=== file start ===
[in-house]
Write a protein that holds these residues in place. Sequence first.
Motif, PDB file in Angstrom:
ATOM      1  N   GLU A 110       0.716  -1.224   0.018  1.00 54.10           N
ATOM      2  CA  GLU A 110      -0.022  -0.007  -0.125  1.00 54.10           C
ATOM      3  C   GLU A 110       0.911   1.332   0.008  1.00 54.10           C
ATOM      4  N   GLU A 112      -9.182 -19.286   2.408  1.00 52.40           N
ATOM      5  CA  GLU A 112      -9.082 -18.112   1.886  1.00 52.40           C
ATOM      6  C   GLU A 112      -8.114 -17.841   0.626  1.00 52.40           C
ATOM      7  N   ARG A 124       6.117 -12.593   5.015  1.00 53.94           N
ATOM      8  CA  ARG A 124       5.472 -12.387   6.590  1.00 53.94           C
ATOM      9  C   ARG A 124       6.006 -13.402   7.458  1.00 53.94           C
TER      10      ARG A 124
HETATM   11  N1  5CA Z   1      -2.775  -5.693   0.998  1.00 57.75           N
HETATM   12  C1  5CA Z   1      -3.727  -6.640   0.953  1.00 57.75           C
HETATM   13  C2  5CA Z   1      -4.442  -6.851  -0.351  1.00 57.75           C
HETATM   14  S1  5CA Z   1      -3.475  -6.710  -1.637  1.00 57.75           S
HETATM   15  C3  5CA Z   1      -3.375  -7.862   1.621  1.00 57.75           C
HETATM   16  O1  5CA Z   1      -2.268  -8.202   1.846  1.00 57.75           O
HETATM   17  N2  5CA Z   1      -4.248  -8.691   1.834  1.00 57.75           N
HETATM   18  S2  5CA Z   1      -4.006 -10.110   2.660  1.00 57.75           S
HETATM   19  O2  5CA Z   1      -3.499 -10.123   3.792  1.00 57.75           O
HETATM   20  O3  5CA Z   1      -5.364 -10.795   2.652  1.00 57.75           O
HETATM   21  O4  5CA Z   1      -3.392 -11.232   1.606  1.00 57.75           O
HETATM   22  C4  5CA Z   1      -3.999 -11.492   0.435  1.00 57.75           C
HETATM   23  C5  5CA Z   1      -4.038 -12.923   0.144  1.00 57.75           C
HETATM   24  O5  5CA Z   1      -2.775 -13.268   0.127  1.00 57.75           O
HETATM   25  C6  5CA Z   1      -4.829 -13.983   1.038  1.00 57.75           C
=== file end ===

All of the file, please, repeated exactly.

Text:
[in-house]
Write a protein that holds these residues in place. Sequence first.
Motif, PDB file in Angstrom:
ATOM      1  N   GLU A 110       0.716  -1.224   0.018  1.00 54.10           N
ATOM      2  CA  GLU A 110      -0.022  -0.007  -0.125  1.00 54.10           C
ATOM      3  C   GLU A 110       0.911   1.332   0.008  1.00 54.10           C
ATOM      4  N   GLU A 112      -9.182 -19.286   2.408  1.00 52.40           N
ATOM      5  CA  GLU A 112      -9.082 -18.112   1.886  1.00 52.40           C
ATOM      6  C   GLU A 112      -8.114 -17.841   0.626  1.00 52.40           C
ATOM      7  N   ARG A 124       6.117 -12.593   5.015  1.00 53.94           N
ATOM      8  CA  ARG A 124       5.472 -12.387   6.590  1.00 53.94           C
ATOM      9  C   ARG A 124       6.006 -13.402   7.458  1.00 53.94           C
TER      10      ARG A 124
HETATM   11  N1  5CA Z   1      -2.775  -5.693   0.998  1.00 57.75           N
HETATM   12  C1  5CA Z   1      -3.727  -6.640   0.953  1.00 57.75           C
HETATM   13  C2  5CA Z   1      -4.442  -6.851  -0.351  1.00 57.75           C
HETATM   14  S1  5CA Z   1      -3.475  -6.710  -1.637  1.00 57.75           S
HETATM   15  C3  5CA Z   1      -3.375  -7.862   1.621  1.00 57.75           C
HETATM   16  O1  5CA Z   1      -2.268  -8.202   1.846  1.00 57.75           O
HETATM   17  N2  5CA Z   1      -4.248  -8.691   1.834  1.00 57.75           N
HETATM   18  S2  5CA Z   1      -4.006 -10.110   2.660  1.00 57.75           S
HETATM   19  O2  5CA Z   1      -3.499 -10.123   3.792  1.00 57.75           O
HETATM   20  O3  5CA Z   1      -5.364 -10.795   2.652  1.00 57.75           O
HETATM   21  O4  5CA Z   1      -3.392 -11.232   1.606  1.00 57.75           O
HETATM   22  C4  5CA Z   1      -3.999 -11.492   0.435  1.00 57.75           C
HETATM   23  C5  5CA Z   1      -4.038 -12.923   0.144  1.00 57.75           C
HETATM   24  O5  5CA Z   1      -2.775 -13.268   0.127  1.00 57.75           O
HETATM   25  C6  5CA Z   1      -4.829 -13.983   1.038  1.00 57.75           C